The spokesman said the event at Government House would be broadcast live from 6.30am. Thais living abroad can hold commemorative activities on Sunday or |any day of their convenience, he added.
Mourners heading to the Grand Palace to bid a final farewell to the monarch can also join the PM-led activity, as the city administration will arrange a venue for the participants, Prime Minister’s Office Minister Suwaphan Tanyuvardhana said.
“The additional activity at Sanam Luang will not affect the mourners queuing to enter the Grand Palace,” Suwapan, who also serves as secretary of the government’s Command Centre for Monitoring Situations, told a press briefing yesterday.
Regarding traffic management, of the 27 roads around Sanam Luang that were closed on previous weekends, only eight will be closed today and tomorrow, Suwapan said. The decision came after the centre assessed traffic volume in the area and found no mass event being held near the Grand Palace this weekend which could obstruct transportation for the mourners, he explained.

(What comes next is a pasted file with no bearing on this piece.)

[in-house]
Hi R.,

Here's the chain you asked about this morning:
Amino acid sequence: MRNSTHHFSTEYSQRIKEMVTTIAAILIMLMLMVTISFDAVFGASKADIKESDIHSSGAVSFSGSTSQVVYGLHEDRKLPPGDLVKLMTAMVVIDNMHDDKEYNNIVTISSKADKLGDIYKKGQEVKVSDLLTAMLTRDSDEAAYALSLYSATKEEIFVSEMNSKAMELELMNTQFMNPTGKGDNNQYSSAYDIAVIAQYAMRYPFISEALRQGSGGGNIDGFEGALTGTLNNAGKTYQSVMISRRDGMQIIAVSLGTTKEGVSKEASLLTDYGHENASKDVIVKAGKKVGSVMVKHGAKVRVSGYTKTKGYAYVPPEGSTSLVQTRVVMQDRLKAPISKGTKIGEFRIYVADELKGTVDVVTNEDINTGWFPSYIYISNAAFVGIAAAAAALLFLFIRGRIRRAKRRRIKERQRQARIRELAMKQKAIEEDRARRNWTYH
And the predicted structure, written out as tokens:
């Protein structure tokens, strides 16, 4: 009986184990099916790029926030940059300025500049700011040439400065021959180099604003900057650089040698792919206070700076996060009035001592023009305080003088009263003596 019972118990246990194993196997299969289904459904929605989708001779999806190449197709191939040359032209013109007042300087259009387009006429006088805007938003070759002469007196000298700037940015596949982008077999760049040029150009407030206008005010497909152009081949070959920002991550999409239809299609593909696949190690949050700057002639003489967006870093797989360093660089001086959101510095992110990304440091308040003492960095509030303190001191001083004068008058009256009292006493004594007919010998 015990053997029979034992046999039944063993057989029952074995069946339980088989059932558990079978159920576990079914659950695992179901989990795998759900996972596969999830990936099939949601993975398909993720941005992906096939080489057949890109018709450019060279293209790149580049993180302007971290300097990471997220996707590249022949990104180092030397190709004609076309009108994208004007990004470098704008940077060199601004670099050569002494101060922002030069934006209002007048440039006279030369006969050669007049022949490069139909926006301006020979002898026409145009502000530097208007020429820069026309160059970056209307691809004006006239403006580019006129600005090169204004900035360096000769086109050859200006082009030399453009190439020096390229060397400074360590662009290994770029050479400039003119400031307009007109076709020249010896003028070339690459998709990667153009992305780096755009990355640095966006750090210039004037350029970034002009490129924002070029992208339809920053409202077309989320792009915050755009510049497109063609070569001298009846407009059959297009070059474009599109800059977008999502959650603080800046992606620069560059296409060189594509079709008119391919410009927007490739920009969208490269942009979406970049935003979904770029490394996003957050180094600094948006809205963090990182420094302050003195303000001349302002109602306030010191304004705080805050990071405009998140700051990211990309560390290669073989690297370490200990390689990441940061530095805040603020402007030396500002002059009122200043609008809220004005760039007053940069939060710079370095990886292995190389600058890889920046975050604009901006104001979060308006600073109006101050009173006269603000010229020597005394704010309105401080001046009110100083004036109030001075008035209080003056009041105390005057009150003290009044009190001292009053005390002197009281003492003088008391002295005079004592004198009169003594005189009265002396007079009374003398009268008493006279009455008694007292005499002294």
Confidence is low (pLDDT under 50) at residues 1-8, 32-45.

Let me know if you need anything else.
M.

Suwapan asked people not to park their vehicles along roads around Sanam Luang and instead use public transportation or free shuttle buses to travel to the Grand Palace.
Deputy national police spokesman Pol Maj-General Piyapan Pingmuang yesterday confirmed that only eight roads adjacent to the Grand Palace that were closed to traffic to accommodate mourners would stay off-limits for vehicles.
He said the lifting of 27 road-closures came as “things have fallen into place”.